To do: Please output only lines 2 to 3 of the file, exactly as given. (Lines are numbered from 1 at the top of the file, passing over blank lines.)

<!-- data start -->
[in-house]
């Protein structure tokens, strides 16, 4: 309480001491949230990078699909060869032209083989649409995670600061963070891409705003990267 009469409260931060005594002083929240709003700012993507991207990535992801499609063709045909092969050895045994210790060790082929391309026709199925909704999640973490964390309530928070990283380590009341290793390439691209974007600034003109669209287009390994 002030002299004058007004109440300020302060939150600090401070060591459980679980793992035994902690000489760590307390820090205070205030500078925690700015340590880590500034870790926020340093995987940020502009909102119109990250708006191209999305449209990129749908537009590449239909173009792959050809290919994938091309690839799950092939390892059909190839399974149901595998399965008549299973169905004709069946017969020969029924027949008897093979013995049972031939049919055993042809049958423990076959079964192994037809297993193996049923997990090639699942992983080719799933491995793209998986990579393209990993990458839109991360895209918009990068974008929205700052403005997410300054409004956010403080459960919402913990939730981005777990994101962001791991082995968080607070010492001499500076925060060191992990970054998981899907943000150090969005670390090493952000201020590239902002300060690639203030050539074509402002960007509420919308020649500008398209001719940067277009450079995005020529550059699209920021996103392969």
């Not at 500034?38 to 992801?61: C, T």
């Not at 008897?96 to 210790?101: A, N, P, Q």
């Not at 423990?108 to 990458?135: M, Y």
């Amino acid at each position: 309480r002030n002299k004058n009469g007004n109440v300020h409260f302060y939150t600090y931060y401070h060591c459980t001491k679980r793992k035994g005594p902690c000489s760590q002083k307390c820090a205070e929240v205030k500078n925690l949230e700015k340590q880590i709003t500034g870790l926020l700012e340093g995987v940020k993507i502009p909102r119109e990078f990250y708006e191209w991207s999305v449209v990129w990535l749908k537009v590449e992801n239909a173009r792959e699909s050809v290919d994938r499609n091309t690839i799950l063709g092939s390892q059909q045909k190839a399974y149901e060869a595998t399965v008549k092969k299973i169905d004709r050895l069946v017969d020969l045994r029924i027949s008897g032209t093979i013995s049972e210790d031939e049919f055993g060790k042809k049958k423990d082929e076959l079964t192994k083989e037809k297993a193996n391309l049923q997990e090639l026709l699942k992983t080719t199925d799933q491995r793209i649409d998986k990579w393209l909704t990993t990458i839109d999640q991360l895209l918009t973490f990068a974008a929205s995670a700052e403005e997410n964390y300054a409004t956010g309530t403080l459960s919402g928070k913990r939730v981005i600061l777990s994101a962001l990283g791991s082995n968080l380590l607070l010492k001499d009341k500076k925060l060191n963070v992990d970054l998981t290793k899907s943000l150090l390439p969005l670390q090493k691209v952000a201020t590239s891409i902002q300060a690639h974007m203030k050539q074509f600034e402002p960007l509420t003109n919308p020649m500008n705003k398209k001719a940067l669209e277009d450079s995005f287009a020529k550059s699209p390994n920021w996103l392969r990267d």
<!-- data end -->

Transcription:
């Protein structure tokens, strides 16, 4: 309480001491949230990078699909060869032209083989649409995670600061963070891409705003990267 009469409260931060005594002083929240709003700012993507991207990535992801499609063709045909092969050895045994210790060790082929391309026709199925909704999640973490964390309530928070990283380590009341290793390439691209974007600034003109669209287009390994 002030002299004058007004109440300020302060939150600090401070060591459980679980793992035994902690000489760590307390820090205070205030500078925690700015340590880590500034870790926020340093995987940020502009909102119109990250708006191209999305449209990129749908537009590449239909173009792959050809290919994938091309690839799950092939390892059909190839399974149901595998399965008549299973169905004709069946017969020969029924027949008897093979013995049972031939049919055993042809049958423990076959079964192994037809297993193996049923997990090639699942992983080719799933491995793209998986990579393209990993990458839109991360895209918009990068974008929205700052403005997410300054409004956010403080459960919402913990939730981005777990994101962001791991082995968080607070010492001499500076925060060191992990970054998981899907943000150090969005670390090493952000201020590239902002300060690639203030050539074509402002960007509420919308020649500008398209001719940067277009450079995005020529550059699209920021996103392969």
């Not at 500034?38 to 992801?61: C, T």